Cutting millions from social care funding pledge ‘an insult to the sector’

The Government has been condemned for halving the funding promised for the social care workforce in England, with one charity saying it is an “insult” to the sector.

Millions of pounds have been removed from previously announced funding for a sector which a recent report warned is “on the precipice” amid rising costs and difficulty recruiting staff.

In its People at the Heart of Care White Paper on adult social care reform, published in December 2021, the Government pledged to invest “at least £500 million over the next three years to begin to transform the way we support the social care workforce”.

But the Department of Health and Social Care has now said its “call for evidence in partnership with Skills for Care on a new care workforce pathway and funding for hundreds of thousands of training places, including a new Care Certificate qualification”, would be backed by £250 million.

Jackie O’Sullivan, of learning disability charity Mencap, said: “This plan is an insult to a sector that was once treated as a priority for Government.

“Just over a year ago, the Social Care White Paper laid out the urgent reform needed to enable people to access the care and support they rely on. It has now been diluted beyond recognition.

“Faced with a deficit of 165,000 care workers, the Government has chosen to cut its plans to recognise and support this workforce.

“Without this workforce, nothing else is possible: no increase in quality of care can be achieved; no innovative ideas can be realised; and people with a learning disability who rely on social care will suffer.

The King’s Fund health think tank said the measures were “a dim shadow of the widescale reform to adult social care that this Government came into office promising”, while Age UK described them as not being “remotely enough to transform social care”.

However, the DHSC confirmed up to £600 million of funding has not yet been allocated, and will be invested over the next two years.

It also said the social care workforce “is at the heart” of its plans

The 2021 White Paper promised to invest “at least £150 million” in digitisation across the sector.

The department said that figure is now £100 million, which will cover investment in digital social care records, as it said £50 million had already been spent.

However, it was later clarified that the support for unpaid carers will be set out in due course.

Social care minister Helen Whately, who spoke at the annual Care England conference last month to insist she was part of a Government that “backs social care”, said the package announced on Tuesday “focuses on recognising care with the status it deserves”.

She said: “Care depends completely on the people who do the caring – that’s over a million care staff working in care homes and agencies, and countless relatives, friends and volunteers, acting out of the kindness of their hearts.

“That’s why this package of reforms focuses on recognising care with the status it deserves, while also focusing on the better use of technology, the power of data and digital care records, and extra funding for councils – aiming to make a care system we can be proud of.”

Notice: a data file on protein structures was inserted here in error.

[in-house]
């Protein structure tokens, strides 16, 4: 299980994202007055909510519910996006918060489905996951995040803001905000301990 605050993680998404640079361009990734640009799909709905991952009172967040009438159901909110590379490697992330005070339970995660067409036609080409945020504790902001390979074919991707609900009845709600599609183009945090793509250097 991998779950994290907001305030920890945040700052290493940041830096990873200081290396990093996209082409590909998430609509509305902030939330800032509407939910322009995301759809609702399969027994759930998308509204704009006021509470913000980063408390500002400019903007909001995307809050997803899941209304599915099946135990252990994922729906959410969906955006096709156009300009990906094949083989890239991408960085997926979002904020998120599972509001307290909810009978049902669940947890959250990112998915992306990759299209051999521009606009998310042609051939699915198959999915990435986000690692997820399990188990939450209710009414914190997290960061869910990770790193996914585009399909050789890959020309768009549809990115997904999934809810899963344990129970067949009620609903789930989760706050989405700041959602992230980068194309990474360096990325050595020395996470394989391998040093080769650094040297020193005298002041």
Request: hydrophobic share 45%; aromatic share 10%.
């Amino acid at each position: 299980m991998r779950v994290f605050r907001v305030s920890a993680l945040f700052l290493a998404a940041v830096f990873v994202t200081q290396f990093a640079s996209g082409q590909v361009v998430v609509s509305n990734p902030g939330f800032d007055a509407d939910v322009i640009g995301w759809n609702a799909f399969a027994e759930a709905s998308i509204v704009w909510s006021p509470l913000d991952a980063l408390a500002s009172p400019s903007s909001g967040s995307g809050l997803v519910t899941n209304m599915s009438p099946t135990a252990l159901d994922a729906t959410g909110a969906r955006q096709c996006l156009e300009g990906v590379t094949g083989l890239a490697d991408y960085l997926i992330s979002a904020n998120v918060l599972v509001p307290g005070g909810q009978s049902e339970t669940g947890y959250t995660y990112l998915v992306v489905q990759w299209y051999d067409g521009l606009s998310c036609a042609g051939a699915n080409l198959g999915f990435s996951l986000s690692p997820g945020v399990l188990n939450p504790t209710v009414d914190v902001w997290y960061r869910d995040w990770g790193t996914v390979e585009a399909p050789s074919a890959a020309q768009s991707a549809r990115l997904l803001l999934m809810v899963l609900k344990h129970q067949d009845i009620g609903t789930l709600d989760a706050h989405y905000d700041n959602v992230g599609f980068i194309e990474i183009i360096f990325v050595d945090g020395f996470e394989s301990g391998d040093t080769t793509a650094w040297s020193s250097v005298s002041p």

In its announcement on Tuesday, the Government said its “refreshed plan to bolster the adult social care workforce” would speed up discharge from hospital and accelerate the use of technology in the sector over the next two years.

Nurses pay
Social care minister Helen Whately (UK Parliament/Jessica Taylor/PA)

It said £1.6 billion will be allocated over the next two years to improve hospital discharge.

Recent analysis by the King’s Fund estimated that delays in people leaving hospital in England could be costing an average of £395 per night, and suggested issues with social care and housing could be contributing to delayed discharges.

At the autumn statement, the Government pledged to support adult social care services “backed by up to £7.5 billion over the next two years” to help local authorities address waiting lists and workforce pressures in the sector.

King’s Fund director of policy Sally Warren questioned why the Government appeared to be “silent” on its previous commitment to unpaid carers and branded it “short-sighted for Government to row back on what was already minimal funding and limited efforts to reform and improve social care in areas such as housing, technology and supporting the workforce”.

Age UK’s director Caroline Abrahams said millions of older and disabled people and their unpaid carers “needed something far bigger, bolder and more genuinely strategic to give them hope for the future”.

She added: “The truth is the measures in this plan are generally quite modest and foundational, so although mostly welcome in themselves, they aren’t remotely enough to transform social care, and that’s what we needed to see today.

“With quite a chunk of the money originally promised for care now no longer available, our CSA (Care Support Alliance) members are telling us this is just the latest in a long series of disappointments so far as recent Government performance on social care is concerned.”

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